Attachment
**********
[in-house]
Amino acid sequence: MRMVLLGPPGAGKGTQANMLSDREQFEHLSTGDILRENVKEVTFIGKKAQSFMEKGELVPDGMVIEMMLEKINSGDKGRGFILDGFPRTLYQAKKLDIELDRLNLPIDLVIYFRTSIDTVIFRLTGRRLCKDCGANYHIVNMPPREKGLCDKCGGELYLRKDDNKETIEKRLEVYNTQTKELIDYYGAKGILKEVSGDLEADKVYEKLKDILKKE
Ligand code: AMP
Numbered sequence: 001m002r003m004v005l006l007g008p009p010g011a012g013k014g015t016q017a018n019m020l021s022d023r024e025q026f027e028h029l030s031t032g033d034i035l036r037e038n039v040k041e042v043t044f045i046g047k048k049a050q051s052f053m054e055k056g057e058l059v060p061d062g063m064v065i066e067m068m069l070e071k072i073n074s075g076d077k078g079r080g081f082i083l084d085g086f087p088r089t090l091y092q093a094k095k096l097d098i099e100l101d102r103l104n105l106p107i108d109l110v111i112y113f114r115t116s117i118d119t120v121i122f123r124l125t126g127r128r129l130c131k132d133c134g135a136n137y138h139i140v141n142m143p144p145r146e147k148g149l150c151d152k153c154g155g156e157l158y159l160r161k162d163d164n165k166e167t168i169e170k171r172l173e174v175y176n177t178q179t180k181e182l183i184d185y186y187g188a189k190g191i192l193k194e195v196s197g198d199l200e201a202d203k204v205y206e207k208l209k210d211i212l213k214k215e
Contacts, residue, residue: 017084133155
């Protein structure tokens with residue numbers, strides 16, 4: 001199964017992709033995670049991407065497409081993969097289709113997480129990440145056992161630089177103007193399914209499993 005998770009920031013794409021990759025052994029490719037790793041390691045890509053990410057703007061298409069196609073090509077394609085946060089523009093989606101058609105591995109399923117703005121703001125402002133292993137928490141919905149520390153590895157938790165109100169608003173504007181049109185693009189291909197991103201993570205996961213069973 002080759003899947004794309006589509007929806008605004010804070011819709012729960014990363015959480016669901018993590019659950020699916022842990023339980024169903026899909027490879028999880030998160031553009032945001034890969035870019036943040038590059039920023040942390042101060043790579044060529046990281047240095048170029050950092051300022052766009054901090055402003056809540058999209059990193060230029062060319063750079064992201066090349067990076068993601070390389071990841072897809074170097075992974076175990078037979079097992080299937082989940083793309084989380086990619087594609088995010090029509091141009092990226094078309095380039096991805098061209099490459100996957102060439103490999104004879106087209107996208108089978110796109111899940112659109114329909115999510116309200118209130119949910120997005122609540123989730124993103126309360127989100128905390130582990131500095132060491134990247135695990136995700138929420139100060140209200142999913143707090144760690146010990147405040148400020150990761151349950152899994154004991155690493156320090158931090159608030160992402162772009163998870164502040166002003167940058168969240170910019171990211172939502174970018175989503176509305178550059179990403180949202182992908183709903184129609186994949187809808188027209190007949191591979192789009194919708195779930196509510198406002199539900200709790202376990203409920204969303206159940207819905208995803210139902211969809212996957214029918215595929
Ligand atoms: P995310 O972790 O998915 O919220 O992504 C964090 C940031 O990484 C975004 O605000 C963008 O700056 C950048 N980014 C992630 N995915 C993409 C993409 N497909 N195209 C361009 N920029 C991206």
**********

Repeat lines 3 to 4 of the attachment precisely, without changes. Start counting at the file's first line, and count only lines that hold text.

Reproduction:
Ligand code: AMP
Numbered sequence: 001m002r003m004v005l006l007g008p009p010g011a012g013k014g015t016q017a018n019m020l021s022d023r024e025q026f027e028h029l030s031t032g033d034i035l036r037e038n039v040k041e042v043t044f045i046g047k048k049a050q051s052f053m054e055k056g057e058l059v060p061d062g063m064v065i066e067m068m069l070e071k072i073n074s075g076d077k078g079r080g081f082i083l084d085g086f087p088r089t090l091y092q093a094k095k096l097d098i099e100l101d102r103l104n105l106p107i108d109l110v111i112y113f114r115t116s117i118d119t120v121i122f123r124l125t126g127r128r129l130c131k132d133c134g135a136n137y138h139i140v141n142m143p144p145r146e147k148g149l150c151d152k153c154g155g156e157l158y159l160r161k162d163d164n165k166e167t168i169e170k171r172l173e174v175y176n177t178q179t180k181e182l183i184d185y186y187g188a189k190g191i192l193k194e195v196s197g198d199l200e201a202d203k204v205y206e207k208l209k210d211i212l213k214k215e